Cox v. State

2013 WL 4528675 (2013)

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Cox v. State

Texas Court of Appeals
2013 WL 4528675 (2013)

Facts

One evening, Ronald Lynn Cox (defendant) crashed his van after driving erratically down the highway at a high speed. Eyewitnesses helped Cox out of his van and later described him as dazed but coherent, noting that he was able to answer questions. Police arrived, found alcohol in Cox’s car, and administered a breathalyzer test, which Cox failed. Police officers also smelled alcohol on Cox’s breath, and Cox admitted to drinking one bottle of alcoholic lemonade before driving. Cox was arrested and underwent questioning at the police station. He was charged with driving under the influence (DUI) and went to trial. At trial, Cox claimed that he had a history of sleepwalking and sleep disorders and was asleep at the time of the accident and for the next several hours he was at the police station, including while being questioned. His doctor, who had been treating Cox for chronic sleep apnea, also testified that Cox had previously told her he had cooked and eaten food while sleepwalking. Cox’s doctor also testified that although a person could answer questions while sleepwalking, he could only do so in a very simplistic way and might not make sense. The state (plaintiff) showed Cox’s doctor a video of Cox being questioned in the police station after the accident, and she testified that he did not appear to be asleep based on his demeanor and ability to answer sophisticated questions. Cox was convicted of DUI and appealed, arguing that he could not be found guilty because there was no proof that he drank alcohol voluntarily, a necessary element of the crime.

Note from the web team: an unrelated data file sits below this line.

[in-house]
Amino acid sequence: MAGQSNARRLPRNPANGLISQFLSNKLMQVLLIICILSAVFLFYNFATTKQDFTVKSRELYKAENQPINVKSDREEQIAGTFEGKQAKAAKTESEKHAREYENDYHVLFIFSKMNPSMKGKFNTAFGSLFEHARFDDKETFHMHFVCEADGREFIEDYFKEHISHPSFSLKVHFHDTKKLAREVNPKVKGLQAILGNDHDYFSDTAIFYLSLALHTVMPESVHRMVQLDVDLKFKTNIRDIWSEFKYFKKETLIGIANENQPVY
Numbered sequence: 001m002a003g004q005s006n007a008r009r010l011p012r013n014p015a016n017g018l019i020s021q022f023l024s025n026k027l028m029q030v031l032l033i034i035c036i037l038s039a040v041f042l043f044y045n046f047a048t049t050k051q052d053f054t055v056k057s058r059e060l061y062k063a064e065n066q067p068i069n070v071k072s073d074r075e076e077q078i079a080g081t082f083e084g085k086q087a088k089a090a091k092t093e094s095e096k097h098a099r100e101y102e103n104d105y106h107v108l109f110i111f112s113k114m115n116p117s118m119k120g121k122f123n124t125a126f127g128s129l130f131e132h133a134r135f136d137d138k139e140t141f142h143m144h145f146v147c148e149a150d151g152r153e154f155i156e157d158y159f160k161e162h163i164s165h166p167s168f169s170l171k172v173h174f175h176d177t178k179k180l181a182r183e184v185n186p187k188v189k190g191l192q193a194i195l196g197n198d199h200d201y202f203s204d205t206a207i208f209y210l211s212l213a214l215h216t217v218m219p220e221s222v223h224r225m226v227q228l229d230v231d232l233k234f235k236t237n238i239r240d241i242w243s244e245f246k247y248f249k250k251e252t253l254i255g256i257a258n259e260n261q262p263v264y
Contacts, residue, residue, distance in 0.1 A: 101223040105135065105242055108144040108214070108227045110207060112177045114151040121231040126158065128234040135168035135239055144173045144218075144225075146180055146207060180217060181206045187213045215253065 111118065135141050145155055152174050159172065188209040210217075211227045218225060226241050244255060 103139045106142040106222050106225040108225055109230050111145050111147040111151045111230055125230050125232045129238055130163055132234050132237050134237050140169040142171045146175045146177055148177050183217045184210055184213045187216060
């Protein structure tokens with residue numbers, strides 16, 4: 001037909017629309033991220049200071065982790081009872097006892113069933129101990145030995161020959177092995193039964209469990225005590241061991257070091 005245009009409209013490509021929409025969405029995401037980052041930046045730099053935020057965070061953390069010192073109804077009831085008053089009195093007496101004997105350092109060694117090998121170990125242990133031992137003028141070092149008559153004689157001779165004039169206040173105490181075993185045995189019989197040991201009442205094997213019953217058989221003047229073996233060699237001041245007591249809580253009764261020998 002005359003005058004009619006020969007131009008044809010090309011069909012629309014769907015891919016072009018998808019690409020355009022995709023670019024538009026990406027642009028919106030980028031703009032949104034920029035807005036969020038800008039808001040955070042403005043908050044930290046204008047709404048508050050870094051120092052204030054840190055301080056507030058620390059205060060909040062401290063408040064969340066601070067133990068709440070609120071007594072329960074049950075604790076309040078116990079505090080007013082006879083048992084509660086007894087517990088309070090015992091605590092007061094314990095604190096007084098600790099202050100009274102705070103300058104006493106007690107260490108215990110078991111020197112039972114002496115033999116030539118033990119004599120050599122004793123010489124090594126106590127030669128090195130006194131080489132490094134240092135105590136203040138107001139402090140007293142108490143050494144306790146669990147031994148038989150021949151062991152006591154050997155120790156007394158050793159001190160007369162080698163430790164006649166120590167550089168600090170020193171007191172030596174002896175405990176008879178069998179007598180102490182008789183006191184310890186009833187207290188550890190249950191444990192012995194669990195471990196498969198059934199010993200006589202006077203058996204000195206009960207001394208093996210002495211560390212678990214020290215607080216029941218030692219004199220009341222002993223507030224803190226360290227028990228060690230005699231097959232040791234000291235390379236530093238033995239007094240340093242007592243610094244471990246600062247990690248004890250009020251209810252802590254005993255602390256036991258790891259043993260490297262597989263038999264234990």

Rule of Law

Issue

Holding and Reasoning (Campbell, J.)

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